In this lightweight romance, Irish lovers Samantha Kelly and Niall Connors may have to live on memories of their “enduring love” when Niall is forced to flee Northern Ireland.
The book opens as 12-year-old Niall’s father is killed in a coal mining accident. His mother gives Niall his da’s wedding ring and chain to share with his own true love one day. When he spots Samantha Kelly, he knows she’s the one.
The pair eventually get engaged, but Sam’s brother Ethan despises Niall and won’t accept her choice lightly. Instead, he sets up Niall and his brothers to take the fall for a deadly explosion. Niall flees immediately to Australia, unaware that Ethan, angry at Sam for her alliance with Niall, has physically attacked her on the same night in a drunken rage. Sam slowly recovers, but as the years pass without word from Niall, she must decide whether to wait, or move on with her life.
The book is a pleasant romance, with no greater ambitions. While it takes place during serious times in Northern Ireland, the religious troubles serve only as a plot device, to separate the lovers. (One of the reasons Ethan hates Niall is because he’s Catholic, even though Niall is willing to become a Protestant for Sam.) Problems are presented and just as easily solved. This sentence, for example, reflects the amiable tone: “And so began the happy-sad years for all the Irish Connorses…”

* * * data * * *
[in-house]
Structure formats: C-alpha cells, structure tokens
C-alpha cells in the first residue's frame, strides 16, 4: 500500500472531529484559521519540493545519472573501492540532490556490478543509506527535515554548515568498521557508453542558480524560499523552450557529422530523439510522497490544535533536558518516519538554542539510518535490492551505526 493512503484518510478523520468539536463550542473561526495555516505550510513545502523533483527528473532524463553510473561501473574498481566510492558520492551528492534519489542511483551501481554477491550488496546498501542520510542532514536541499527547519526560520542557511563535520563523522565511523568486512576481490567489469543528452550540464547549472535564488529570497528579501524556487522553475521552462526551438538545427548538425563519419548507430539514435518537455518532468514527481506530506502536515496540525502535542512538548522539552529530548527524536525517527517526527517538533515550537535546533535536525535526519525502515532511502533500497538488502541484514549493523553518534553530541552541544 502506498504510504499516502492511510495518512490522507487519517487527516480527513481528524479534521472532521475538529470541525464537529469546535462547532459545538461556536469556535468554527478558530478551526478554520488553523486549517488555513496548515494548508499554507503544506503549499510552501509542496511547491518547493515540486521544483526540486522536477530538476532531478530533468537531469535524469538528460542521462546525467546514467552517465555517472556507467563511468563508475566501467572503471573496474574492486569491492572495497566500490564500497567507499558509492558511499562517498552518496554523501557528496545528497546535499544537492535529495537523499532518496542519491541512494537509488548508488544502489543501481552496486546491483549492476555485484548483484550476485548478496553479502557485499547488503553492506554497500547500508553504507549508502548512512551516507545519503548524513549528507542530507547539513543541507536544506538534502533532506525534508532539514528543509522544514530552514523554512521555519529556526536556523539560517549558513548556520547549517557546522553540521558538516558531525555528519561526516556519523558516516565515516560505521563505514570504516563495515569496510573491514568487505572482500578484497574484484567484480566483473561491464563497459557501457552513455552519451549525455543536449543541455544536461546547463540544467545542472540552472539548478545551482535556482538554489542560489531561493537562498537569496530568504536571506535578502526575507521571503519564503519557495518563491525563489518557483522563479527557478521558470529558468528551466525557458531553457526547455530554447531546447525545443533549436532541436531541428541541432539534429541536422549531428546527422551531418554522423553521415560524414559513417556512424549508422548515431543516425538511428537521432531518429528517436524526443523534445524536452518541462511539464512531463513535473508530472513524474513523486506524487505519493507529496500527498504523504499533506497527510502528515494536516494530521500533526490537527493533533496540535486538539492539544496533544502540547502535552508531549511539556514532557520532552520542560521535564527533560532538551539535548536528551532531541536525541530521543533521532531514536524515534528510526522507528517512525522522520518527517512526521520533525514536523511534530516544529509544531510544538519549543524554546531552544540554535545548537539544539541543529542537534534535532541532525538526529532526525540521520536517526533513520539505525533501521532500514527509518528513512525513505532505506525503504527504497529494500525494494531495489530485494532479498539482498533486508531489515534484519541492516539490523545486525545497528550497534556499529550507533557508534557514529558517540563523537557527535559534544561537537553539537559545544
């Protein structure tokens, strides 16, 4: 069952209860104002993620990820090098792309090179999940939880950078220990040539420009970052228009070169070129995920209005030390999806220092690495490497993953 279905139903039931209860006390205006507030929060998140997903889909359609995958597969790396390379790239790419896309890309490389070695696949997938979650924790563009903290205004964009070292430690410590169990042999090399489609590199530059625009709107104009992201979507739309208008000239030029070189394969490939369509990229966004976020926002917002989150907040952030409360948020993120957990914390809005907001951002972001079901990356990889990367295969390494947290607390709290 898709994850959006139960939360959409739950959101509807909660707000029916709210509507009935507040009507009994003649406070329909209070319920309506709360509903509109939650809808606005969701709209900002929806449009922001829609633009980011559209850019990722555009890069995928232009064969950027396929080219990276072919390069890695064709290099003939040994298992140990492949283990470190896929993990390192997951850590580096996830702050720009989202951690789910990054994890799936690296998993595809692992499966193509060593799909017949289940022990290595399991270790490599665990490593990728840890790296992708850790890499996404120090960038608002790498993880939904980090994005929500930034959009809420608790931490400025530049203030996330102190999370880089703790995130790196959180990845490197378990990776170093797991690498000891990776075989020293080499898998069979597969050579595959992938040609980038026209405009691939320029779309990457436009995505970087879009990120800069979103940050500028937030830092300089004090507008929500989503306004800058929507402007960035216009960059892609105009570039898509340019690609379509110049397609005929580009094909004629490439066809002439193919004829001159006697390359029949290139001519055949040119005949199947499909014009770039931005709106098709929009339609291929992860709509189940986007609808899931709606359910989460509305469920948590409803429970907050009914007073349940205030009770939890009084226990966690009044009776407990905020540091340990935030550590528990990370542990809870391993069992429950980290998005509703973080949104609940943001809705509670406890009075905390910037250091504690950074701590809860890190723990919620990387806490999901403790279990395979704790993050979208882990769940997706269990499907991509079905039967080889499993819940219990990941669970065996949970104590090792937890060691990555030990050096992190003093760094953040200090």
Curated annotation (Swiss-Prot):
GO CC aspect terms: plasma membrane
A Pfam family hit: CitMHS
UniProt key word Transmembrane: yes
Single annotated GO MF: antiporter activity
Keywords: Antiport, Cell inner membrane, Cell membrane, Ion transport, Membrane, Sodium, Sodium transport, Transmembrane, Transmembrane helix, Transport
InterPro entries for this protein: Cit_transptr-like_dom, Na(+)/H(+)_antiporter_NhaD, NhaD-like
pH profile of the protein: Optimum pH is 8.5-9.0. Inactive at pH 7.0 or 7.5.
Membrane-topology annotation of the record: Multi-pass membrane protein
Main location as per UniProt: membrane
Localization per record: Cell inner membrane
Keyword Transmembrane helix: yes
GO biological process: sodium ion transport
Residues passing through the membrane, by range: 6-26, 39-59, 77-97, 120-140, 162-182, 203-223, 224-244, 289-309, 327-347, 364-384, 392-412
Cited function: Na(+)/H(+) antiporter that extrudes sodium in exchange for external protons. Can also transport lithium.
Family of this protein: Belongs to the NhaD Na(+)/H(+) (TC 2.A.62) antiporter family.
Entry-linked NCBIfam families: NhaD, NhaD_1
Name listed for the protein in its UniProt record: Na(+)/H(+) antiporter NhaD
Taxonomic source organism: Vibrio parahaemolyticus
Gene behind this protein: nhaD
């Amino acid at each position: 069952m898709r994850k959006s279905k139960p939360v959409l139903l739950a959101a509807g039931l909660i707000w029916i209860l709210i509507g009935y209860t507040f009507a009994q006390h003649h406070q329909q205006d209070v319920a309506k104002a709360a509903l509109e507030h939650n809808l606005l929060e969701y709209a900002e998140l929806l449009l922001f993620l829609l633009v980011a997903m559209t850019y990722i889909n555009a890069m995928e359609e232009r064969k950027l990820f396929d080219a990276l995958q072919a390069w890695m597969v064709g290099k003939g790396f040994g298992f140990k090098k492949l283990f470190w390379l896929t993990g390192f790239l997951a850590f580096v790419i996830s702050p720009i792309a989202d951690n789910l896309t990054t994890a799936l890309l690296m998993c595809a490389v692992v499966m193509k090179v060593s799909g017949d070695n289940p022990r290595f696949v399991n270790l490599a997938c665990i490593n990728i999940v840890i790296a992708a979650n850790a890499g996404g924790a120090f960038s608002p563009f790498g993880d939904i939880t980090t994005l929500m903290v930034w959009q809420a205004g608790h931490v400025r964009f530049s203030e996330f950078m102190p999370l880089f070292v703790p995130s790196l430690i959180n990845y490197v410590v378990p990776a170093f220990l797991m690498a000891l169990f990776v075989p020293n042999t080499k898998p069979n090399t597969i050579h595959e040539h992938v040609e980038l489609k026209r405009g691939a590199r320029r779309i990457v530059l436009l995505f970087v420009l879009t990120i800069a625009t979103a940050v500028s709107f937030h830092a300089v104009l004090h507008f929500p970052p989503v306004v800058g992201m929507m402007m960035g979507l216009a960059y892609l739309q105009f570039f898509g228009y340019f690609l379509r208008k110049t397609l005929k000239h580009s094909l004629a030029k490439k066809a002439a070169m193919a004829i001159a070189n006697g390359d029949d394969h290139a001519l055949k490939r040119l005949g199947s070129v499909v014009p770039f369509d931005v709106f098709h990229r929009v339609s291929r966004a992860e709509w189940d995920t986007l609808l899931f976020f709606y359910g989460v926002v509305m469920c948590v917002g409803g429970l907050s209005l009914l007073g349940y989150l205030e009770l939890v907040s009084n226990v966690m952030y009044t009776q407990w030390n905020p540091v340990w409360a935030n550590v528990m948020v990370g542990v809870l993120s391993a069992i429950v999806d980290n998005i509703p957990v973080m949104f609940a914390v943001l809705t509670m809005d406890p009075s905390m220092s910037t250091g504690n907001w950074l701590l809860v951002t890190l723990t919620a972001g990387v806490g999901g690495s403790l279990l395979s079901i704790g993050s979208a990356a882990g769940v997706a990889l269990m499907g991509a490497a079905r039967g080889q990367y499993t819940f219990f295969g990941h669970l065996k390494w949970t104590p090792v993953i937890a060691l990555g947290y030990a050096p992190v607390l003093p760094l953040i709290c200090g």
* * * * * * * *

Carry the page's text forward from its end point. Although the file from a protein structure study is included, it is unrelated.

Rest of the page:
Although the story spans 15 years—1948 to 1963—it moves along at a clip. Once the characters head for Australia, the book especially picks up momentum and the events seem more realistic, save for an implausible use of singer Petula Clark as a courier for the young couple and a twist at the end that feels more contrived than surprising. Still, the novel will have its charms for romance fans, who will breeze towards the happily-ever-after ending that is ripe for the author’s planned sequel.
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